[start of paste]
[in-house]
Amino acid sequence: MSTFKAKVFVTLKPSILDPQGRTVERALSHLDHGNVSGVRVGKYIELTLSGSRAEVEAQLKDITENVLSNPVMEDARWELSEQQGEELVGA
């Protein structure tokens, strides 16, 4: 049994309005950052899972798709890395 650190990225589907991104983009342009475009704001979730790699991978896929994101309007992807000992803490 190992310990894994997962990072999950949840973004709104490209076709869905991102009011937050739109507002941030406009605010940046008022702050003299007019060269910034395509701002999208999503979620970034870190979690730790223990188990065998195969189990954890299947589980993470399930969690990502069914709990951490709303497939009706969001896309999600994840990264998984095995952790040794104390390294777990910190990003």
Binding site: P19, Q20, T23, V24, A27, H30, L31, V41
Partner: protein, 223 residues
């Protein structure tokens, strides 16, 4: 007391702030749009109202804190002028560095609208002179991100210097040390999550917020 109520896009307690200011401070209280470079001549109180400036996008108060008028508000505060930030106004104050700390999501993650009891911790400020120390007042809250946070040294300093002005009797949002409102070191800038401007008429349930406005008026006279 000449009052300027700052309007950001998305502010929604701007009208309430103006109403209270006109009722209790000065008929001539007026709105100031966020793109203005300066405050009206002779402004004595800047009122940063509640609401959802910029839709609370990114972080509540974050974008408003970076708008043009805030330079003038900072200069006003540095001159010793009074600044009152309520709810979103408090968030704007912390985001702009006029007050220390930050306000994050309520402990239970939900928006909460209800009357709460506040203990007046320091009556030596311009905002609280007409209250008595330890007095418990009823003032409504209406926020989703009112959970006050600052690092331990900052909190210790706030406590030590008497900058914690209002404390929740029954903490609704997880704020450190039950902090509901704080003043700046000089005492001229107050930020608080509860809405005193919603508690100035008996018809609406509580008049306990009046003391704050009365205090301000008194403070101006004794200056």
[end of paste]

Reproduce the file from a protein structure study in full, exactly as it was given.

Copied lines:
[in-house]
Amino acid sequence: MSTFKAKVFVTLKPSILDPQGRTVERALSHLDHGNVSGVRVGKYIELTLSGSRAEVEAQLKDITENVLSNPVMEDARWELSEQQGEELVGA
């Protein structure tokens, strides 16, 4: 049994309005950052899972798709890395 650190990225589907991104983009342009475009704001979730790699991978896929994101309007992807000992803490 190992310990894994997962990072999950949840973004709104490209076709869905991102009011937050739109507002941030406009605010940046008022702050003299007019060269910034395509701002999208999503979620970034870190979690730790223990188990065998195969189990954890299947589980993470399930969690990502069914709990951490709303497939009706969001896309999600994840990264998984095995952790040794104390390294777990910190990003």
Binding site: P19, Q20, T23, V24, A27, H30, L31, V41
Partner: protein, 223 residues
């Protein structure tokens, strides 16, 4: 007391702030749009109202804190002028560095609208002179991100210097040390999550917020 109520896009307690200011401070209280470079001549109180400036996008108060008028508000505060930030106004104050700390999501993650009891911790400020120390007042809250946070040294300093002005009797949002409102070191800038401007008429349930406005008026006279 000449009052300027700052309007950001998305502010929604701007009208309430103006109403209270006109009722209790000065008929001539007026709105100031966020793109203005300066405050009206002779402004004595800047009122940063509640609401959802910029839709609370990114972080509540974050974008408003970076708008043009805030330079003038900072200069006003540095001159010793009074600044009152309520709810979103408090968030704007912390985001702009006029007050220390930050306000994050309520402990239970939900928006909460209800009357709460506040203990007046320091009556030596311009905002609280007409209250008595330890007095418990009823003032409504209406926020989703009112959970006050600052690092331990900052909190210790706030406590030590008497900058914690209002404390929740029954903490609704997880704020450190039950902090509901704080003043700046000089005492001229107050930020608080509860809405005193919603508690100035008996018809609406509580008049306990009046003391704050009365205090301000008194403070101006004794200056």